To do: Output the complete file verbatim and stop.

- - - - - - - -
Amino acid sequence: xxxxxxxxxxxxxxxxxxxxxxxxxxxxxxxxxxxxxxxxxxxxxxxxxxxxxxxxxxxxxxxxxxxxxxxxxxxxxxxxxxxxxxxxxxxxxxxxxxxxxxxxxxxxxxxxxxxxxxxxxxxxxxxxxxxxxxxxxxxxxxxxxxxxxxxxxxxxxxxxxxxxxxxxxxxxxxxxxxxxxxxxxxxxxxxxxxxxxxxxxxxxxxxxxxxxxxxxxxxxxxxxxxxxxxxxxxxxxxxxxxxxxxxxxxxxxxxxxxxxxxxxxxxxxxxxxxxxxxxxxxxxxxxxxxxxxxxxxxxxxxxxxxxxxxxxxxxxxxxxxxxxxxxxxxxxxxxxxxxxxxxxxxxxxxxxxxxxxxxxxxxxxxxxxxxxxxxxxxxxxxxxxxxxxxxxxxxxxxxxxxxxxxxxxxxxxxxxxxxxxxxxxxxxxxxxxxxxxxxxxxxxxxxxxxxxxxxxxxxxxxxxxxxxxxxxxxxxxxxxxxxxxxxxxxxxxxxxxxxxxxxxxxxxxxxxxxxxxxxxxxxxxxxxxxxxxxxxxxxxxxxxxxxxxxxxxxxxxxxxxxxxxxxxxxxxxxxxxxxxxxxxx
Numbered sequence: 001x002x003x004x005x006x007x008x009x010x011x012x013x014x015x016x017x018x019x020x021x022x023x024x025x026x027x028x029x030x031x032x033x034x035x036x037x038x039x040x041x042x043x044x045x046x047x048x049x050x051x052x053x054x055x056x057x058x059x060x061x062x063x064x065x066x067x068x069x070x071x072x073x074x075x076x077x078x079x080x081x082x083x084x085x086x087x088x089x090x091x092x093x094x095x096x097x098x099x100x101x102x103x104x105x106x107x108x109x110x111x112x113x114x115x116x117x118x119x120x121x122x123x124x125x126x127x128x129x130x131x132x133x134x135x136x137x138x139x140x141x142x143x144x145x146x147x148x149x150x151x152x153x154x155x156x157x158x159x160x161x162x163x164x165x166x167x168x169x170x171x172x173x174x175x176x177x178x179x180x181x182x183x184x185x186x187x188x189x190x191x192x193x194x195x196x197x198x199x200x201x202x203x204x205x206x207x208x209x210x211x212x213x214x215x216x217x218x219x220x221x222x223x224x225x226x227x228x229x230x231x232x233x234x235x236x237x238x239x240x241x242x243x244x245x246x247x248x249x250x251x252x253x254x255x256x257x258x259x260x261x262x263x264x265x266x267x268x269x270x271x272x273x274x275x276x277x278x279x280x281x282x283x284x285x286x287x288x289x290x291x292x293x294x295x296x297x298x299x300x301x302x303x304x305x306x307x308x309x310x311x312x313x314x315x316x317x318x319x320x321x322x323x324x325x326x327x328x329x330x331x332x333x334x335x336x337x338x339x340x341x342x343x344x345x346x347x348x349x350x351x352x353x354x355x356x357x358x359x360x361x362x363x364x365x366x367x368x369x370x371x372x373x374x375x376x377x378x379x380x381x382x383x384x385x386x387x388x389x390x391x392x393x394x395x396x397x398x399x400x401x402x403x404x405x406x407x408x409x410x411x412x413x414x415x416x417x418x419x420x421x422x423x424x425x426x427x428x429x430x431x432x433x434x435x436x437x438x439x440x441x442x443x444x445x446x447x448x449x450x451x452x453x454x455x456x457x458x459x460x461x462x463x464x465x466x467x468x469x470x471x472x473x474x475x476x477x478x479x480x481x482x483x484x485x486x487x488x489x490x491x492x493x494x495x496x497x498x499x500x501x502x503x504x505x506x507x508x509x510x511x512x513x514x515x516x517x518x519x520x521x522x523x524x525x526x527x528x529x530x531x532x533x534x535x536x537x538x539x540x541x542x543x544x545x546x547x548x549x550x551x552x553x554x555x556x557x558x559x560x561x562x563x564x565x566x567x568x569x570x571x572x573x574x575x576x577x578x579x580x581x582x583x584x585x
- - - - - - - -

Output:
Amino acid sequence: xxxxxxxxxxxxxxxxxxxxxxxxxxxxxxxxxxxxxxxxxxxxxxxxxxxxxxxxxxxxxxxxxxxxxxxxxxxxxxxxxxxxxxxxxxxxxxxxxxxxxxxxxxxxxxxxxxxxxxxxxxxxxxxxxxxxxxxxxxxxxxxxxxxxxxxxxxxxxxxxxxxxxxxxxxxxxxxxxxxxxxxxxxxxxxxxxxxxxxxxxxxxxxxxxxxxxxxxxxxxxxxxxxxxxxxxxxxxxxxxxxxxxxxxxxxxxxxxxxxxxxxxxxxxxxxxxxxxxxxxxxxxxxxxxxxxxxxxxxxxxxxxxxxxxxxxxxxxxxxxxxxxxxxxxxxxxxxxxxxxxxxxxxxxxxxxxxxxxxxxxxxxxxxxxxxxxxxxxxxxxxxxxxxxxxxxxxxxxxxxxxxxxxxxxxxxxxxxxxxxxxxxxxxxxxxxxxxxxxxxxxxxxxxxxxxxxxxxxxxxxxxxxxxxxxxxxxxxxxxxxxxxxxxxxxxxxxxxxxxxxxxxxxxxxxxxxxxxxxxxxxxxxxxxxxxxxxxxxxxxxxxxxxxxxxxxxxxxxxxxxxxxxxxxxxxxxxxxxxxxxxxxx
Numbered sequence: 001x002x003x004x005x006x007x008x009x010x011x012x013x014x015x016x017x018x019x020x021x022x023x024x025x026x027x028x029x030x031x032x033x034x035x036x037x038x039x040x041x042x043x044x045x046x047x048x049x050x051x052x053x054x055x056x057x058x059x060x061x062x063x064x065x066x067x068x069x070x071x072x073x074x075x076x077x078x079x080x081x082x083x084x085x086x087x088x089x090x091x092x093x094x095x096x097x098x099x100x101x102x103x104x105x106x107x108x109x110x111x112x113x114x115x116x117x118x119x120x121x122x123x124x125x126x127x128x129x130x131x132x133x134x135x136x137x138x139x140x141x142x143x144x145x146x147x148x149x150x151x152x153x154x155x156x157x158x159x160x161x162x163x164x165x166x167x168x169x170x171x172x173x174x175x176x177x178x179x180x181x182x183x184x185x186x187x188x189x190x191x192x193x194x195x196x197x198x199x200x201x202x203x204x205x206x207x208x209x210x211x212x213x214x215x216x217x218x219x220x221x222x223x224x225x226x227x228x229x230x231x232x233x234x235x236x237x238x239x240x241x242x243x244x245x246x247x248x249x250x251x252x253x254x255x256x257x258x259x260x261x262x263x264x265x266x267x268x269x270x271x272x273x274x275x276x277x278x279x280x281x282x283x284x285x286x287x288x289x290x291x292x293x294x295x296x297x298x299x300x301x302x303x304x305x306x307x308x309x310x311x312x313x314x315x316x317x318x319x320x321x322x323x324x325x326x327x328x329x330x331x332x333x334x335x336x337x338x339x340x341x342x343x344x345x346x347x348x349x350x351x352x353x354x355x356x357x358x359x360x361x362x363x364x365x366x367x368x369x370x371x372x373x374x375x376x377x378x379x380x381x382x383x384x385x386x387x388x389x390x391x392x393x394x395x396x397x398x399x400x401x402x403x404x405x406x407x408x409x410x411x412x413x414x415x416x417x418x419x420x421x422x423x424x425x426x427x428x429x430x431x432x433x434x435x436x437x438x439x440x441x442x443x444x445x446x447x448x449x450x451x452x453x454x455x456x457x458x459x460x461x462x463x464x465x466x467x468x469x470x471x472x473x474x475x476x477x478x479x480x481x482x483x484x485x486x487x488x489x490x491x492x493x494x495x496x497x498x499x500x501x502x503x504x505x506x507x508x509x510x511x512x513x514x515x516x517x518x519x520x521x522x523x524x525x526x527x528x529x530x531x532x533x534x535x536x537x538x539x540x541x542x543x544x545x546x547x548x549x550x551x552x553x554x555x556x557x558x559x560x561x562x563x564x565x566x567x568x569x570x571x572x573x574x575x576x577x578x579x580x581x582x583x584x585x